Here we go again.
Just like when gas prices spiked during a supply crunch earlier this year, the Biden Administration is back begging foreign regimes to please keep the oil flowing.
Ahead of a recent OPEC production meeting, the New York Times described “an intense last-minute lobbying effort” by U.S. officials aiming to convince the group of foreign oil-producing nations to maintain their production levels.
All the while, Governor Newsom continues to do everything he can to shut down production in one of America’s most oil-rich states.
Evidently Sacramento isn’t on the Biden Administration’s call list.
As a result, the baffling split screen of U.S. energy policy continues. Why does the President keep begging OPEC for oil California could produce? If we know more production is needed to ease prices and balance supply and demand, where’s the “intense lobbying effort” to maintain U.S. production?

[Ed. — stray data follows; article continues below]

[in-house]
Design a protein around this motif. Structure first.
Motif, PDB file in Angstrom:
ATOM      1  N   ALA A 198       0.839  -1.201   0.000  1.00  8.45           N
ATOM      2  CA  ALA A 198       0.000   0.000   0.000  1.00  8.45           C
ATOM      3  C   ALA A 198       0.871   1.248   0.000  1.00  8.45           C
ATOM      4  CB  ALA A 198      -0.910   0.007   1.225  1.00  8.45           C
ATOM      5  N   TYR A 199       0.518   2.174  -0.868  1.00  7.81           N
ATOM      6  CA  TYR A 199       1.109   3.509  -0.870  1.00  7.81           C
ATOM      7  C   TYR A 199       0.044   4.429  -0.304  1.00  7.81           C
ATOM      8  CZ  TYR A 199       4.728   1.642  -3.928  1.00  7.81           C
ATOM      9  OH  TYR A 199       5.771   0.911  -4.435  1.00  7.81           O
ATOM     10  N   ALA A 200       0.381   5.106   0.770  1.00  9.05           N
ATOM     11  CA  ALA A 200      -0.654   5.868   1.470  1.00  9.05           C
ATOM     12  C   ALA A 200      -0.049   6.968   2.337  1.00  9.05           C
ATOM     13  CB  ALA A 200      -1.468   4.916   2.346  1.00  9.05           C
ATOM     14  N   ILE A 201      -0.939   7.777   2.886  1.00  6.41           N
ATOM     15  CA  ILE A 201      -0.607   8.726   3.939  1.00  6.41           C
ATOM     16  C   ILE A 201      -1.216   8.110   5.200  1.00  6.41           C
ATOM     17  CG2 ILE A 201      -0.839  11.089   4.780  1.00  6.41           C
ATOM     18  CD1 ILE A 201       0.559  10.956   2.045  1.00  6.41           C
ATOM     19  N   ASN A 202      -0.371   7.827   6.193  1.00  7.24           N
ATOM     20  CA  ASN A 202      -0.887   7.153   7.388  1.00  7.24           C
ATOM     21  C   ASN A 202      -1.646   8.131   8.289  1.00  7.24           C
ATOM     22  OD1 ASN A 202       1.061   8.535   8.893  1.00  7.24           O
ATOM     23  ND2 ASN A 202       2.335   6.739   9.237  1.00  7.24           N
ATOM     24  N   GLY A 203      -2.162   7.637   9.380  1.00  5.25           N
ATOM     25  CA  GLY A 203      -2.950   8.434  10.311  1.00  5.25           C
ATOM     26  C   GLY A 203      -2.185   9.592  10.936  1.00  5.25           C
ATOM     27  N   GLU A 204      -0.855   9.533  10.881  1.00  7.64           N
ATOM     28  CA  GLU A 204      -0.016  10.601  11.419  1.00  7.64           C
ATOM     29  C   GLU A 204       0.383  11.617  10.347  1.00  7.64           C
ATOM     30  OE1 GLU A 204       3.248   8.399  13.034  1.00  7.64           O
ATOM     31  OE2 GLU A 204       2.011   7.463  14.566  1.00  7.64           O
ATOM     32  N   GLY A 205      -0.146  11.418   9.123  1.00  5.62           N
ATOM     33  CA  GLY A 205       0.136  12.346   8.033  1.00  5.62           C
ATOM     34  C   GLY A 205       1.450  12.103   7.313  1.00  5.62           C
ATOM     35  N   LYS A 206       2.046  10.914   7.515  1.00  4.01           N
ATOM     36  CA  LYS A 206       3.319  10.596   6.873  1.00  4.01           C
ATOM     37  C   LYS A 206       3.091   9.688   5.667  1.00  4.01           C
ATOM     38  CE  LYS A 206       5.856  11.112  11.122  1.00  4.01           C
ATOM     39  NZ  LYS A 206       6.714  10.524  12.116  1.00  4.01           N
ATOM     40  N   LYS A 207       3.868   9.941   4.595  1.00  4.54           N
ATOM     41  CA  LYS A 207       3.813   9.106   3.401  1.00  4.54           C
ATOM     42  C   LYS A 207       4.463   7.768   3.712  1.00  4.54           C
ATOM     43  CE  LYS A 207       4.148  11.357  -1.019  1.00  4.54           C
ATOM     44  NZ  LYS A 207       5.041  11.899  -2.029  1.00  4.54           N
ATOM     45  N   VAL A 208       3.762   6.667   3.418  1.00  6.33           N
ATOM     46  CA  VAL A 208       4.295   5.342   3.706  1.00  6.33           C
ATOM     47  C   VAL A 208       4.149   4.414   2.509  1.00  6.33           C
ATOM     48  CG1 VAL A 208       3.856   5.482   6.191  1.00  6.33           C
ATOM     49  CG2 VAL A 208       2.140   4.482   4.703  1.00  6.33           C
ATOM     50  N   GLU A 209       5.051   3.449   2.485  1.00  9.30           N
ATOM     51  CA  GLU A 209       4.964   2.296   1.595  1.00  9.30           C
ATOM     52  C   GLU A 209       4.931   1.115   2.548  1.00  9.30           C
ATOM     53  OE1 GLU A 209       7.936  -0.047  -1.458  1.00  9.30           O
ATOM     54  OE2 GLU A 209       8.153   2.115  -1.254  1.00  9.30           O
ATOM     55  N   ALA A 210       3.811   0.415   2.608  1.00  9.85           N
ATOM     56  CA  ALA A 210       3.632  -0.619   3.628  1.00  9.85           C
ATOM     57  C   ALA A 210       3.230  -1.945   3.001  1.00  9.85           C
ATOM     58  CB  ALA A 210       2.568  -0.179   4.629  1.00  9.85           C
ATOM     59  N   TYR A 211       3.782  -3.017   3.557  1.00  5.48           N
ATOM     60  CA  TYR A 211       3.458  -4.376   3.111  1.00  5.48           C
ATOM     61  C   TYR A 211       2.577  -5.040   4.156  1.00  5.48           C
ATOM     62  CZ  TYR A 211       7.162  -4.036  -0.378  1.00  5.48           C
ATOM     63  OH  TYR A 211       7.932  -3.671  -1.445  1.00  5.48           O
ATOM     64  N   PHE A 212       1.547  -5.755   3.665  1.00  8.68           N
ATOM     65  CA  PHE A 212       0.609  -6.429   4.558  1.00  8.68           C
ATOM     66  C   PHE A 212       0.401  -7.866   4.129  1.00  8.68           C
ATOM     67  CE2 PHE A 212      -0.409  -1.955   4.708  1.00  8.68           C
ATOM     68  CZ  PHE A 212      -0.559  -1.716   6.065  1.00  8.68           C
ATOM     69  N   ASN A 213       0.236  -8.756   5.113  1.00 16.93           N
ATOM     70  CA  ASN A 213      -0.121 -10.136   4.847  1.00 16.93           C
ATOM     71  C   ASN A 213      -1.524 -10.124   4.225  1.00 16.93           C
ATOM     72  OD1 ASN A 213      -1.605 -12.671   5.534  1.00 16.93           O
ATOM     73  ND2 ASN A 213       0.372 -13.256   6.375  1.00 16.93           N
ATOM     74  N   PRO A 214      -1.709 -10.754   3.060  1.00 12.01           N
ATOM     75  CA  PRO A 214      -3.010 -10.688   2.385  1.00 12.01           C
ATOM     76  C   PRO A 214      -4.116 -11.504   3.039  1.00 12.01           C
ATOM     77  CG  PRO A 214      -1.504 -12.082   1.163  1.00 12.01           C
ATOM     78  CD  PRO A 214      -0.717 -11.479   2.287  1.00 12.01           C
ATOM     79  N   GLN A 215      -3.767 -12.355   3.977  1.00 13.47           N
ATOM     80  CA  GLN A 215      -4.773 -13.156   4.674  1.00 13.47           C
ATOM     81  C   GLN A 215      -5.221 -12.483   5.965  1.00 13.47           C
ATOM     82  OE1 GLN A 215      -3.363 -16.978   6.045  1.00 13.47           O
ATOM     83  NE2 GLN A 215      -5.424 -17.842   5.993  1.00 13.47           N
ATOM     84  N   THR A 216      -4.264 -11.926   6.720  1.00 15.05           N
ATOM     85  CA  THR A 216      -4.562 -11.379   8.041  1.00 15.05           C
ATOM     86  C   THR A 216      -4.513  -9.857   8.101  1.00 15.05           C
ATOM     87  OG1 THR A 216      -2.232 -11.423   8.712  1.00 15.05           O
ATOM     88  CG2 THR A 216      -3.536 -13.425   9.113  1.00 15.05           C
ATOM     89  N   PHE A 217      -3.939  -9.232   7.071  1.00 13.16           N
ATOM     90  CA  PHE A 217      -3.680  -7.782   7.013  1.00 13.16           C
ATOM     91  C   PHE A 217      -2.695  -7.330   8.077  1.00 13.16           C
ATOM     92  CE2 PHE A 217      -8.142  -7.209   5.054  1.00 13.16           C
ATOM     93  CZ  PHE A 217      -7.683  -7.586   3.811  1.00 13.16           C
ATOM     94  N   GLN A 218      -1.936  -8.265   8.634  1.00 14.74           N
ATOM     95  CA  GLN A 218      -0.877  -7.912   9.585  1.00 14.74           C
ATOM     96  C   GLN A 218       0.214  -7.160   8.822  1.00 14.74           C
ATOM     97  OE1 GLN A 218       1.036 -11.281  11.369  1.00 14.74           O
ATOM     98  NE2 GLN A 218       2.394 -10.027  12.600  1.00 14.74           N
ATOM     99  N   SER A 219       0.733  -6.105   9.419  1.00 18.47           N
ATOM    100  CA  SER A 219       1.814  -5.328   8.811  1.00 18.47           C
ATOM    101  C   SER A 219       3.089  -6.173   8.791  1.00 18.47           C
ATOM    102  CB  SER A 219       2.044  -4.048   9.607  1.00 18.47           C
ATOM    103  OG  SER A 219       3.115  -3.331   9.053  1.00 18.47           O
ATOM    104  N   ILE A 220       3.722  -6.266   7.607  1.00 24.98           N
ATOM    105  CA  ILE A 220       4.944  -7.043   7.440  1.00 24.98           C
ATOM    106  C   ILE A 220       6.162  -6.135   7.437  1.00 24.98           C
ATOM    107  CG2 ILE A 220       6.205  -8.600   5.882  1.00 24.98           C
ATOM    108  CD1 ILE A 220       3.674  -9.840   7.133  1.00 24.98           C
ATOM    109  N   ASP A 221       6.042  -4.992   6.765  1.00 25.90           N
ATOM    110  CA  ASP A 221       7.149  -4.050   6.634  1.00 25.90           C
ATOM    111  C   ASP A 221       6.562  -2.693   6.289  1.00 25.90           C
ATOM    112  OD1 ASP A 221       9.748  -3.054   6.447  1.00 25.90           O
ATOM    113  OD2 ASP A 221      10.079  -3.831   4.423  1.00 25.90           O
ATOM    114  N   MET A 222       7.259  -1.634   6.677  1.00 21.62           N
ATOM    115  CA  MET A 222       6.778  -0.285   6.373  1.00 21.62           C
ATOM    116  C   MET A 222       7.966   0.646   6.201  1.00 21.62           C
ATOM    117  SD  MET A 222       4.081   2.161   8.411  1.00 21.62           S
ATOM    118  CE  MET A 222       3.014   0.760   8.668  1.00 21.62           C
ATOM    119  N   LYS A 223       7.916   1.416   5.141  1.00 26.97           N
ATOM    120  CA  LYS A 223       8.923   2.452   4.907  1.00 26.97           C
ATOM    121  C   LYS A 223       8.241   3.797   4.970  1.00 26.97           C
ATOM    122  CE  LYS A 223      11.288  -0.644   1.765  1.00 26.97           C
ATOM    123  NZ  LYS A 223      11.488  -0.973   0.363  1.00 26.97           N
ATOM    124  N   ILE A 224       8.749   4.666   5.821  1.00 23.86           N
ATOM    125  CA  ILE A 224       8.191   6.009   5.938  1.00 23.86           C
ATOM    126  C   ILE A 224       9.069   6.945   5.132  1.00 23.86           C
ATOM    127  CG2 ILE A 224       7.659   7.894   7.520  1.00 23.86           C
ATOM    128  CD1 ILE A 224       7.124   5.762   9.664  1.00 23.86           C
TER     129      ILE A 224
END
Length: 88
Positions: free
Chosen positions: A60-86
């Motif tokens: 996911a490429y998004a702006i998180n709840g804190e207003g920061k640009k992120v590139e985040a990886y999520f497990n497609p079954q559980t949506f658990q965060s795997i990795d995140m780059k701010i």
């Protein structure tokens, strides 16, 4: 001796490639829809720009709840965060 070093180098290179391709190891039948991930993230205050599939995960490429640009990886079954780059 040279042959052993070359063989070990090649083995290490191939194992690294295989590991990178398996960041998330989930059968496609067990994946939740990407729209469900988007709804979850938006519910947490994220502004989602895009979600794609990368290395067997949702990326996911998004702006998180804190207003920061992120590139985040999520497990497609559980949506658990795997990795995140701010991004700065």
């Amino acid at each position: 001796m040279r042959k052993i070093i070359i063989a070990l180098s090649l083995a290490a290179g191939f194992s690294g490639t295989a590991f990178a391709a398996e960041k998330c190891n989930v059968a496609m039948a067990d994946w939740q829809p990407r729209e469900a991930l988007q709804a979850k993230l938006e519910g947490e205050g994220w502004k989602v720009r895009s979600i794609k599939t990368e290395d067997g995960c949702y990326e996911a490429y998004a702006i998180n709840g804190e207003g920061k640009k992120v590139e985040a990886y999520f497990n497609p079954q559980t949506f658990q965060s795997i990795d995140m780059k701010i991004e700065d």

Does the Biden Administration realize there are companies eager to produce more oil in California – under the world’s strongest environmental regulations, no less?
“This Administration wants more oil anywhere except in America … Amid a war in Europe, a global energy crisis, and a risk of a global recession, a serious U.S. Administration would do everything in its power to encourage more domestic energy production. This Administration would rather make America more dependent on dictators.”
California oil production has fallen 22% since Newsom took office in 2019. The choice to allow that trendline to continue downward – even in the face of repeated global supply challenges – cedes U.S. energy security to foreign producers.
In response to OPEC’s ultimate decision to cut production, Biden announced yet another release from the U.S. Strategic Petroleum Reserve. In sum, Biden has authorized 180 million barrels to be released, draining the nation’s emergency stockpile to its lowest level in nearly 40 years.
Biden and Newsom could take responsibility for their energy policies and gain more control over oil markets. But doing so would require them to recognize our energy realities and stop playing politics.
Demonizing oil companies through angry Twitter videos won’t help solve our ongoing energy supply challenges or ease gas prices. More domestic oil production will.